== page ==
Wednesday, December 07, 2005

TTAB Deems Service Mark Specimens for "LIBERTY BILLIARDS" Unacceptable

Douglas K. Kelly got stuck behind the 8-ball in his attempt to register the mark LIBERTY BILLIARDS & Design (shown immediately below) for "manufacture of billiard tables to the order and/or specification of others" (BILLIARDS disclaimed). The Board ruled that Kelly failed to provide a proper specimen for these class 40 services. In re Kelly, Serial No. 76498256 (November 23, 2005) [not citable].

Examining Attorney Tracy Cross issued the refusal to register, maintaining that Kelly's specimens of use were unacceptable, taking her cue from Rules 2.51(a)(1), 2.51(b)(1), and 2.56(b)(2).

Kelly's first specimens, comprising black-and-white and color versions of the letterhead shown below, were embarrassingly improper: they contained the term LIBERTY GROUP, not LIBERTY BILLIARDS.

Mr. Kelly then submitted the specimen shown below, stating that the "name plate ... is affixed to all Liberty Billiards pool tables."

The Examining Attorney found this name plate specimen to be likewise unacceptable because "there must be a direct association between the mark sought to be registered and the services specified in the application, with sufficient reference to the services in the specimen to create this association."

The Board noted that "there is a line of cases that supports the acceptability of specimens that do not themselves set out what the services are when the specimens are used during the performance of the services." In particular, the Board pointed to In re Red Robin Enterprises, Inc., 222 USPQ 911 (TTAB 1984) and In re Eagle Fence Rentals, Inc., 231 USPQ 228 (TTAB 1986). In the former, a photograph of applicant's costume mark on a garbed performer was an adequate specimen for entertainment services; in the latter, a photograph of a two-color fence was an acceptable specimen for fence rental services.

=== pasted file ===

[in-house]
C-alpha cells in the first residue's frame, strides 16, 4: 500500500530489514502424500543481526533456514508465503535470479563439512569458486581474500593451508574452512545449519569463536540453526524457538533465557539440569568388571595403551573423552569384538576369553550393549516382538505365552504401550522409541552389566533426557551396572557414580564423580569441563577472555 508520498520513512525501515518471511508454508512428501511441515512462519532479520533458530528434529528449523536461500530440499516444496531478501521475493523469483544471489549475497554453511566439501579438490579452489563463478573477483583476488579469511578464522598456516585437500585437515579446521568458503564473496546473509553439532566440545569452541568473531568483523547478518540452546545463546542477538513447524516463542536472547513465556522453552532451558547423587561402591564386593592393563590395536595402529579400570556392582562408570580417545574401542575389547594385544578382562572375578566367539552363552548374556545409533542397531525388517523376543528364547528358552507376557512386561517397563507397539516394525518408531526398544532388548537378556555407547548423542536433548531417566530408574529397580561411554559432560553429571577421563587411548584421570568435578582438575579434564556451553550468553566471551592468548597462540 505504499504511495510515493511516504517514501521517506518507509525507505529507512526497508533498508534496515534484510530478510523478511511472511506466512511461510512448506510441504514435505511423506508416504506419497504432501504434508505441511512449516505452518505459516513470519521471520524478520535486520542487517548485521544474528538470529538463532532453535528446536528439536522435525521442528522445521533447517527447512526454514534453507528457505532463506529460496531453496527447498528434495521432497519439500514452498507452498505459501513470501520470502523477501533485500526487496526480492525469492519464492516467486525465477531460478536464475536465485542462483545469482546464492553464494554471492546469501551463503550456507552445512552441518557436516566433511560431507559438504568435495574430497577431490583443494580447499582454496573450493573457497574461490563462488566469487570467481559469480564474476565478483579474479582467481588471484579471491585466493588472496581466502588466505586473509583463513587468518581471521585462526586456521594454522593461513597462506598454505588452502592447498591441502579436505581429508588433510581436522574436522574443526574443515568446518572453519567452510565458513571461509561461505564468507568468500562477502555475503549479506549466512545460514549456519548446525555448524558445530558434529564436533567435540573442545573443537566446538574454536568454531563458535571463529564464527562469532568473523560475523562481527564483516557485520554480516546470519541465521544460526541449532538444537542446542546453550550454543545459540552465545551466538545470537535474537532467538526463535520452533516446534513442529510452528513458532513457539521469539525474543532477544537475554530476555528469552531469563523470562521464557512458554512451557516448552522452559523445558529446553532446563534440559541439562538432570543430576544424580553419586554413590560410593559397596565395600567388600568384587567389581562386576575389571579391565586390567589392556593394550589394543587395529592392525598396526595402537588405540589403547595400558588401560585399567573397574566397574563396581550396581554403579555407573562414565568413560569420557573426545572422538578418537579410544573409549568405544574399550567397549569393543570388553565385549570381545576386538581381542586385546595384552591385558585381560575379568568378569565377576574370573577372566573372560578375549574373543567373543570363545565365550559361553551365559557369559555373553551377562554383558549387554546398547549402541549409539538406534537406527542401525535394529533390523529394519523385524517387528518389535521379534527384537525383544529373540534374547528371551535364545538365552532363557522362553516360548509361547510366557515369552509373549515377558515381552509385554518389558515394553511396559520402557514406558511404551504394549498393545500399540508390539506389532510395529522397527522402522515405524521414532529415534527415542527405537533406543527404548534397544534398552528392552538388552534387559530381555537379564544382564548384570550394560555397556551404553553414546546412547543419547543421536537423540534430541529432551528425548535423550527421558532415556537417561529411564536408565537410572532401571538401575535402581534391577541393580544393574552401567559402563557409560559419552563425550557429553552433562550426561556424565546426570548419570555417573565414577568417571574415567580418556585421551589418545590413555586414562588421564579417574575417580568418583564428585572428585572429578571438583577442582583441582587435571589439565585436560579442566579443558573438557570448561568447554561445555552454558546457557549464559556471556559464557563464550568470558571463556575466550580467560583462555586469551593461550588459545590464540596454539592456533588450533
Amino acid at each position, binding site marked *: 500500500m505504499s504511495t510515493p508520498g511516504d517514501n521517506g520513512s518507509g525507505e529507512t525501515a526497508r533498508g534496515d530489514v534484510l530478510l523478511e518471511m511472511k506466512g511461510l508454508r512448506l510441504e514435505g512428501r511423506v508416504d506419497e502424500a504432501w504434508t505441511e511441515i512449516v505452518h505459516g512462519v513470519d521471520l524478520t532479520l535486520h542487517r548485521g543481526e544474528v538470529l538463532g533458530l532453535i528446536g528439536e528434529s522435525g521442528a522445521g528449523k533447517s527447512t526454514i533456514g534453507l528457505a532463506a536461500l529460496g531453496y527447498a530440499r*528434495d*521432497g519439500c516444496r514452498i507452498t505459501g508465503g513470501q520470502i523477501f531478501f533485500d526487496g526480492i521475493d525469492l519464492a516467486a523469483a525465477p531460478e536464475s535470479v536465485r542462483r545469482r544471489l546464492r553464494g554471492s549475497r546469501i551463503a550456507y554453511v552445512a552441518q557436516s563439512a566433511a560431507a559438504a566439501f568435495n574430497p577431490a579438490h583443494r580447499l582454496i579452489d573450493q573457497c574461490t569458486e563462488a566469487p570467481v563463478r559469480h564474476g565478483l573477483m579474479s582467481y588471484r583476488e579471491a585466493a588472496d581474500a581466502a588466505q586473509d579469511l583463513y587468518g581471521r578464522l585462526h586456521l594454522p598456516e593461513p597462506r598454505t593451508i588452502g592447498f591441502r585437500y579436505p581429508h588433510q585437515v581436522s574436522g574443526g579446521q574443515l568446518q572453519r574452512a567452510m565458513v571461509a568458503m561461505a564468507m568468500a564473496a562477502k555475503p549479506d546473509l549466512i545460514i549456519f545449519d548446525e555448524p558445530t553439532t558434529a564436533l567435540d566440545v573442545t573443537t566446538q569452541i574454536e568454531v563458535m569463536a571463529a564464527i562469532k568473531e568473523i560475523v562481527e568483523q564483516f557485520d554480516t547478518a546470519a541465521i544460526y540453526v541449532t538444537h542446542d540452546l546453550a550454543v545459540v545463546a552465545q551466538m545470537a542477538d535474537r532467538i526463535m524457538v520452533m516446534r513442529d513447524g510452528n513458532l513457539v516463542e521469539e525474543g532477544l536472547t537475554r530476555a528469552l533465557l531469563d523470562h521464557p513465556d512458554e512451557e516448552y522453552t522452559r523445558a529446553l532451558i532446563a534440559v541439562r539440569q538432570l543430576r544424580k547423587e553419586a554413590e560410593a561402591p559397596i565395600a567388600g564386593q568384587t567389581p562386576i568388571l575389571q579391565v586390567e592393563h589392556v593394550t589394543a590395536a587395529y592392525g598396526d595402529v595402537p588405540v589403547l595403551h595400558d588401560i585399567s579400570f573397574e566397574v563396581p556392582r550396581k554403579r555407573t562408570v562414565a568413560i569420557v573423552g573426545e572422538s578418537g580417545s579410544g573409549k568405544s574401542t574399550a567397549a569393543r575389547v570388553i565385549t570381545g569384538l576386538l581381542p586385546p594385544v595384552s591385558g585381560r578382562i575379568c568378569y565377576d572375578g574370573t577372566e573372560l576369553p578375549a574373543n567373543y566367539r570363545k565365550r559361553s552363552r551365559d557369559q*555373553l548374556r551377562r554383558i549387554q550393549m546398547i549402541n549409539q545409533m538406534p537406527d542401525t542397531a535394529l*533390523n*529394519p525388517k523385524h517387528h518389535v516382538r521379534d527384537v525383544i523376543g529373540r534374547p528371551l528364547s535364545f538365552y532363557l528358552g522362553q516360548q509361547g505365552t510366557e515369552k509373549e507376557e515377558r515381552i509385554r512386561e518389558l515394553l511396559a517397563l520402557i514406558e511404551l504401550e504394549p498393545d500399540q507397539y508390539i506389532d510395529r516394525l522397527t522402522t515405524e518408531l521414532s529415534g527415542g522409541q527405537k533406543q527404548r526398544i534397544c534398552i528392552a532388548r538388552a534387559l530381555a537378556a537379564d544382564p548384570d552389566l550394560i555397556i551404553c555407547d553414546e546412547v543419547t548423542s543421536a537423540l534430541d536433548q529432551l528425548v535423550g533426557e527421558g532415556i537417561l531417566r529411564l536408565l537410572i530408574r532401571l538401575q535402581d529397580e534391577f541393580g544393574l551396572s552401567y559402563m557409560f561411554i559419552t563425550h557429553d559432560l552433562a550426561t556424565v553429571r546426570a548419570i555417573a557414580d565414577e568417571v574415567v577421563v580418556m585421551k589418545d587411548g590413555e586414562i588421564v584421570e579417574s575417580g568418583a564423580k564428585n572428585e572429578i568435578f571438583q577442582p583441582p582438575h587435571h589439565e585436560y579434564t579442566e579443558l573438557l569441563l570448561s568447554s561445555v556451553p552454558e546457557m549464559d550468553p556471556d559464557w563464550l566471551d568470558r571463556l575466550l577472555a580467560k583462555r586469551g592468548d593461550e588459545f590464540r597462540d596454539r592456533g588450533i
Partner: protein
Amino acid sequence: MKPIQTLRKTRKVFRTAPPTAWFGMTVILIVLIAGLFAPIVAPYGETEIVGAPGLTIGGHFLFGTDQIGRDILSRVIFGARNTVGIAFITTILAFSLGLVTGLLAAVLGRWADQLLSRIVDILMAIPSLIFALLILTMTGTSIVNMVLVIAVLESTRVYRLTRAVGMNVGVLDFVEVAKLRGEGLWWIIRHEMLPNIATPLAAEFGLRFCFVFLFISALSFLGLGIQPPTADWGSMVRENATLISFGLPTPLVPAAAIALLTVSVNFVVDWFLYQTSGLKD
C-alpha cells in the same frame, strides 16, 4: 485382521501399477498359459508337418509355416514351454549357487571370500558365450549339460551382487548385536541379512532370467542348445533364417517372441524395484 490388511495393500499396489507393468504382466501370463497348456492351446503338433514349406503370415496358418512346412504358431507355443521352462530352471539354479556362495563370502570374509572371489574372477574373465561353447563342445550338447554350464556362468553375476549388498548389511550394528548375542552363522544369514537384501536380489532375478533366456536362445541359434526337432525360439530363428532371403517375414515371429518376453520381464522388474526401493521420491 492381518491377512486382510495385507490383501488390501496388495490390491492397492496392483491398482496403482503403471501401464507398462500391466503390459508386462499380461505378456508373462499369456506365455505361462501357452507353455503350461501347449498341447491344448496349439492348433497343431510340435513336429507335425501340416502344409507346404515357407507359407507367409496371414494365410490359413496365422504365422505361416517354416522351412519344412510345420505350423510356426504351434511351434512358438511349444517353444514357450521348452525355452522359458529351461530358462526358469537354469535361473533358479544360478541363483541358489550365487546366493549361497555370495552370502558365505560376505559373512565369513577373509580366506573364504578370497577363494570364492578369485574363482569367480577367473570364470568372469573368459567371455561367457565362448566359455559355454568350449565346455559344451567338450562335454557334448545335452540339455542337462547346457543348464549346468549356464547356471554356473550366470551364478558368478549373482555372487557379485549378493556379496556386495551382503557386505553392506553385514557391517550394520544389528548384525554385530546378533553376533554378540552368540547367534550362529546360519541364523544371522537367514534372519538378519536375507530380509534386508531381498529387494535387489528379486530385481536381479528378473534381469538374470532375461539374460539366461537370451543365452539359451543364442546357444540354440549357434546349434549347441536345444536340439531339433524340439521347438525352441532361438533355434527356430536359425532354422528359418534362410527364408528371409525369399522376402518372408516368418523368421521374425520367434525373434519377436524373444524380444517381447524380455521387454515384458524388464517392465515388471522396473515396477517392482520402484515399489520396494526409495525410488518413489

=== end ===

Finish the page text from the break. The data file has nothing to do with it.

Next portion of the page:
The Board, however, found those cases distinguishable from the instant case. In Red Robin, the applicant owned a prior registration for collateral goods. In Eagle Fence, the applicant promoted the color scheme as a source indicator. Moreover, in those two cases each mark was used "in the rendering of the services." Here there is no evidence of a prior registration or of promotion of the mark, nor any evidence that Kelly uses the mark in the rendering of the services. "Instead, the mark is apparently applied after the services have been rendered."

The Board found more relevant its case law regarding custom manufacturing services: In re Johnson Controls Inc., 33 USPQ2d 1318 (TTAB 1994) and In re Adair, 45 USPQ2d 1211 (TTAB 1997). In those cases, the marks involved were applied to the finished products: iron valves and custom-designed Christmas trees, respectively. In each case, the specimen of use (adhesive packaging labels and tags tied to the trees) was rejected because it did not include a reference to any services.

As to Kelly's specimen, the Board noted that it had "no basis to conclude that these name plates are actually used as a service mark," and it therefore agreed with the Examining Attorney that the specimen does not show valid use of Kelly's mark as a service mark.

TTABlog note: Compare this case with the recent Board decision involving advertising services provided by "The Grove" shopping center in Los Angeles, discussed here at the TTABlog.

Text Copyright John L. Welch 2005.


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